• Of the various fungal cell wall glucans tested, that from the yeast Saccharomyces cerevisiae has proven to be acceptable in terms of efficacy and safety as an immune stimulant in animals and humans. Hereinafter this will be referred to as Saccharomyces cerevisiae ("Sc")-glucan. Predominantly or wholly β-1,3 glucans from other fungi, bacteria or plants from the Graminaceae family have been shown to be immunostimulatory in animals but compared to Sc-glucan either are not as potent or if they do have comparable or greater potency then that is usually associated with a higher level of undesirable side-effects.
  • Sc-glucan has been shown to be biologically active as an immune stimulant in animals in various forms. These include (a) a large molecular weight (typically greater than 3 x 106 d), water-insoluble, microparticulate form, or (b) smaller molecular weight (typically less than 500,000 d) forms which are dispersible or soluble in water. Water-solubility is described as being achieved either through cleavage of the large microparticulate glucan form to smaller molecules using processes such as enzymatic digestion or vigorous pH adjustments, or by complexing to salts such as amines, sulphates and phosphates. The principal advantage of the smaller, water-soluble form vs the larger microparticulate form is that it is safer when given by parenteral routes of administration such as intravenously.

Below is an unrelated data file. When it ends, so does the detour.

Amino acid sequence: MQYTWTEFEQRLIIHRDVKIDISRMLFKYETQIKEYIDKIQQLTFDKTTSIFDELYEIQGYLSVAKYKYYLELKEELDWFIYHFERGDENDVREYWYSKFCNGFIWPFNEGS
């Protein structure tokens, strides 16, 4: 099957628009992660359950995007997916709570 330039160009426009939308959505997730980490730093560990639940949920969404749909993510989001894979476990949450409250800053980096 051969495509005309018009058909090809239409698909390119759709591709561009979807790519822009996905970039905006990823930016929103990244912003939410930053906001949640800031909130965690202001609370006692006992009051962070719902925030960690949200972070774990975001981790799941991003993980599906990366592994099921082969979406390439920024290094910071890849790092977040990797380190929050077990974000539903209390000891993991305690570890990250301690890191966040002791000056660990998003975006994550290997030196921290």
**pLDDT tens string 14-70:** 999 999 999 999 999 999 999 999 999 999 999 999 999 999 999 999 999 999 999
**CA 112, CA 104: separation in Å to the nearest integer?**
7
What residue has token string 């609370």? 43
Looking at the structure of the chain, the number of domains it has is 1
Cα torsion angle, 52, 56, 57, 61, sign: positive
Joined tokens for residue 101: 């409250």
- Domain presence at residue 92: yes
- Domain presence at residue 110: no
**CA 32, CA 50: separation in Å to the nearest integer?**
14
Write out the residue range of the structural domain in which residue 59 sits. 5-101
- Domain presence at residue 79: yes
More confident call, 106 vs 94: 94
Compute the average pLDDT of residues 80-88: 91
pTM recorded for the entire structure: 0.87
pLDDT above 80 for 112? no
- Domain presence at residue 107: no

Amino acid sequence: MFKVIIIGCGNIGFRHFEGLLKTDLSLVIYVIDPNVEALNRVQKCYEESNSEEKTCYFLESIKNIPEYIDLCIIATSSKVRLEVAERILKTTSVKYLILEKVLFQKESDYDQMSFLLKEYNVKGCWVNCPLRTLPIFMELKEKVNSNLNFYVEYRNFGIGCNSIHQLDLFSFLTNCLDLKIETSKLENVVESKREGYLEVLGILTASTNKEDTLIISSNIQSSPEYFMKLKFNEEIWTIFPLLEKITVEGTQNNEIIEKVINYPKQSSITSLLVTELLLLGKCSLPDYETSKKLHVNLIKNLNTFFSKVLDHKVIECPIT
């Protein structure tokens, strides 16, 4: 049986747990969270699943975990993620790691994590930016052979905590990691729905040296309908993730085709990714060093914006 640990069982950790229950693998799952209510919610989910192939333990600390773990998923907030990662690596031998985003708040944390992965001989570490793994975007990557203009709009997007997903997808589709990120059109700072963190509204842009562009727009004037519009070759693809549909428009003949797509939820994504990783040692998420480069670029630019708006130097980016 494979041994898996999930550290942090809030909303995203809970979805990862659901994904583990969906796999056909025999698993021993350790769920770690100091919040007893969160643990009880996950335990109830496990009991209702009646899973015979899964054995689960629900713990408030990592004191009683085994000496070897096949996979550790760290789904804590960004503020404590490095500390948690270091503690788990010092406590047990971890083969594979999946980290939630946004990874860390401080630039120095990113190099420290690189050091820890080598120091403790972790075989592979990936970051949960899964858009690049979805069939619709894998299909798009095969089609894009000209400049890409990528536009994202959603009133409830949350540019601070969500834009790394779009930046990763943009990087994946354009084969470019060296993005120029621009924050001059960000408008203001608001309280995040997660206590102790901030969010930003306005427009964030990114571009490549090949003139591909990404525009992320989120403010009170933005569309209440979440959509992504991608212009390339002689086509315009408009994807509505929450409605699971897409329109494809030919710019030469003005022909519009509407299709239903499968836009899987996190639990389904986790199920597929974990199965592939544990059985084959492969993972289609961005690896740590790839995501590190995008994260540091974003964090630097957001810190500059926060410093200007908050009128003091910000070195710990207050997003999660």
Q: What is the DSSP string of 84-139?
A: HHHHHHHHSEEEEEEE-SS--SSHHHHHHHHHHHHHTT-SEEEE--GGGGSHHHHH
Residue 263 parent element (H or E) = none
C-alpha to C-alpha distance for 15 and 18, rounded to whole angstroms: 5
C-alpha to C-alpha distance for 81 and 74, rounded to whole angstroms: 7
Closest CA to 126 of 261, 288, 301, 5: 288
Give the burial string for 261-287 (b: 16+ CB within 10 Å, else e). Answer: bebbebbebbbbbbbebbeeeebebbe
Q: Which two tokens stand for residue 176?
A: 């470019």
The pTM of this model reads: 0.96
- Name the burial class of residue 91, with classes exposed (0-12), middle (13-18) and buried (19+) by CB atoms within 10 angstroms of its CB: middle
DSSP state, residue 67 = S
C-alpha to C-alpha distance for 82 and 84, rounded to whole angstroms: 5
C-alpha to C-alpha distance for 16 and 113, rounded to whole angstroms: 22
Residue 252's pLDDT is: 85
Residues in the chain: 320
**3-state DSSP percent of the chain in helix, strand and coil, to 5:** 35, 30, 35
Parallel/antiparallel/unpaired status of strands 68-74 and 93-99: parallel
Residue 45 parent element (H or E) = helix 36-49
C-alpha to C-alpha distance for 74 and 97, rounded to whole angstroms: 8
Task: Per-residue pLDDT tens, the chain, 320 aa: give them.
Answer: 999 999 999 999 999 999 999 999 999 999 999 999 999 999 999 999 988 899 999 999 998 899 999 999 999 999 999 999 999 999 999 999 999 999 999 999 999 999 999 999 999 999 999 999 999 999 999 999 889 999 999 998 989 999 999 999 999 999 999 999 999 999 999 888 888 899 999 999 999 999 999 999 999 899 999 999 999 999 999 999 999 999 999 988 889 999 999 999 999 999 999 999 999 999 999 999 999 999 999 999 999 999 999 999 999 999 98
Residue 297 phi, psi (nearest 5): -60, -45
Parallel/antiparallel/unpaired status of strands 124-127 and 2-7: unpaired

Also, it is likely that the smaller sized molecules are more bio-available on a molar basis.
  • To date it has neither been technically possible nor economically feasible to synthesise glucan on a commercial basis. Thus preparation of commercial quantities of β-1,3 glucan for therapeutic uses requires that it be extracted from fungi, bacteria, algae or cereal grains.
  • As described hereinafter, this invention is concerned with therapeutic uses of glucan.